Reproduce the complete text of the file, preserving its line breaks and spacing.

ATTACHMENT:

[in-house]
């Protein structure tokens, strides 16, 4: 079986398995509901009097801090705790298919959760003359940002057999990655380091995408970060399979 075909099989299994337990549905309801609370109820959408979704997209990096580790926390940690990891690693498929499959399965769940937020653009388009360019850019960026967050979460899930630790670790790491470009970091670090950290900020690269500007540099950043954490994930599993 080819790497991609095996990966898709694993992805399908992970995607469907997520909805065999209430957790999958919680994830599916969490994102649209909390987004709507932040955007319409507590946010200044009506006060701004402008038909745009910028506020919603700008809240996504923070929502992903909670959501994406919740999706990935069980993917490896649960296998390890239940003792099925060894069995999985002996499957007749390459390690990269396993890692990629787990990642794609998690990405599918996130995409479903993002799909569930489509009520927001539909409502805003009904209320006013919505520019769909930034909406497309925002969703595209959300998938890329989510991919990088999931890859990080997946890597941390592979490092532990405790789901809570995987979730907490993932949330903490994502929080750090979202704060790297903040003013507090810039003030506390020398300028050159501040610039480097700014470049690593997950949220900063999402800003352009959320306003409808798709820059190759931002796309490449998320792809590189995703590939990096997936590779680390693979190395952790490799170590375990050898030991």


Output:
[in-house]
């Protein structure tokens, strides 16, 4: 079986398995509901009097801090705790298919959760003359940002057999990655380091995408970060399979 075909099989299994337990549905309801609370109820959408979704997209990096580790926390940690990891690693498929499959399965769940937020653009388009360019850019960026967050979460899930630790670790790491470009970091670090950290900020690269500007540099950043954490994930599993 080819790497991609095996990966898709694993992805399908992970995607469907997520909805065999209430957790999958919680994830599916969490994102649209909390987004709507932040955007319409507590946010200044009506006060701004402008038909745009910028506020919603700008809240996504923070929502992903909670959501994406919740999706990935069980993917490896649960296998390890239940003792099925060894069995999985002996499957007749390459390690990269396993890692990629787990990642794609998690990405599918996130995409479903993002799909569930489509009520927001539909409502805003009904209320006013919505520019769909930034909406497309925002969703595209959300998938890329989510991919990088999931890859990080997946890597941390592979490092532990405790789901809570995987979730907490993932949330903490994502929080750090979202704060790297903040003013507090810039003030506390020398300028050159501040610039480097700014470049690593997950949220900063999402800003352009959320306003409808798709820059190759931002796309490449998320792809590189995703590939990096997936590779680390693979190395952790490799170590375990050898030991």